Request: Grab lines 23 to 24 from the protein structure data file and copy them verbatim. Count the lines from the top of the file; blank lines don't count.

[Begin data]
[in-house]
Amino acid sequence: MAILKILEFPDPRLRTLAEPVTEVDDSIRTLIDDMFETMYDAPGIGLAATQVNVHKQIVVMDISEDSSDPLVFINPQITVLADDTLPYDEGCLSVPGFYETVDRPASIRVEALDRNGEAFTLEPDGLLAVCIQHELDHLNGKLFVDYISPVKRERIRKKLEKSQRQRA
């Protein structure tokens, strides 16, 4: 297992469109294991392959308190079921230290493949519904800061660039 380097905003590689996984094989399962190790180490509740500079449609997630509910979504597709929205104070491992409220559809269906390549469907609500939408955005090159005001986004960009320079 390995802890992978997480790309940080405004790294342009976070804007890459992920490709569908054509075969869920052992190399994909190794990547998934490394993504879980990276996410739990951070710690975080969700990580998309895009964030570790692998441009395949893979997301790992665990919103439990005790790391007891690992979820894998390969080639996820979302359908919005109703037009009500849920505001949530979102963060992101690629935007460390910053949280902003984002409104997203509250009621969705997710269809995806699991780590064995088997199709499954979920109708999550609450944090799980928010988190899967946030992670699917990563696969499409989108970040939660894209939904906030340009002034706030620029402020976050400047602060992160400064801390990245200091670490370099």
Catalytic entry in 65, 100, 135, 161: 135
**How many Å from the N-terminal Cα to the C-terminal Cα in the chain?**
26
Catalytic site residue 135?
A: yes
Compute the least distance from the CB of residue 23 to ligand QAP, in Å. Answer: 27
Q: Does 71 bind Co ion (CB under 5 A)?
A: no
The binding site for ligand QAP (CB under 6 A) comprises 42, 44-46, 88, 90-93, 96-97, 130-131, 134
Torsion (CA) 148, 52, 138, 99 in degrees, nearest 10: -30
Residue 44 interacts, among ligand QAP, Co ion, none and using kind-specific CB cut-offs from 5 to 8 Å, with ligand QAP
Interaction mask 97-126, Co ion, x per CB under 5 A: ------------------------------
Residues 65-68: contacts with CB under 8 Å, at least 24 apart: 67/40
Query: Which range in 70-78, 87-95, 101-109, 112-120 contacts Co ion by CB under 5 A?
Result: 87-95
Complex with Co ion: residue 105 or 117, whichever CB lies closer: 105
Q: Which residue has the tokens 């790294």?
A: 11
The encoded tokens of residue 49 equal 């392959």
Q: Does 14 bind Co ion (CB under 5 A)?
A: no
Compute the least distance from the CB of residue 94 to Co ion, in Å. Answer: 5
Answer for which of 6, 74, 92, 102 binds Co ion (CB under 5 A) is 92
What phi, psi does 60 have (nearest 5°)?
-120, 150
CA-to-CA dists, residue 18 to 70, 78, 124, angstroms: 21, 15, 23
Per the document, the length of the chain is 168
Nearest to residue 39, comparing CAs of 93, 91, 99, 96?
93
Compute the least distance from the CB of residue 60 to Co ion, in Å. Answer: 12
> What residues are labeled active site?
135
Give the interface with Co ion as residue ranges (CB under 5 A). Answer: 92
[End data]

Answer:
Q: Does 14 bind Co ion (CB under 5 A)?
A: no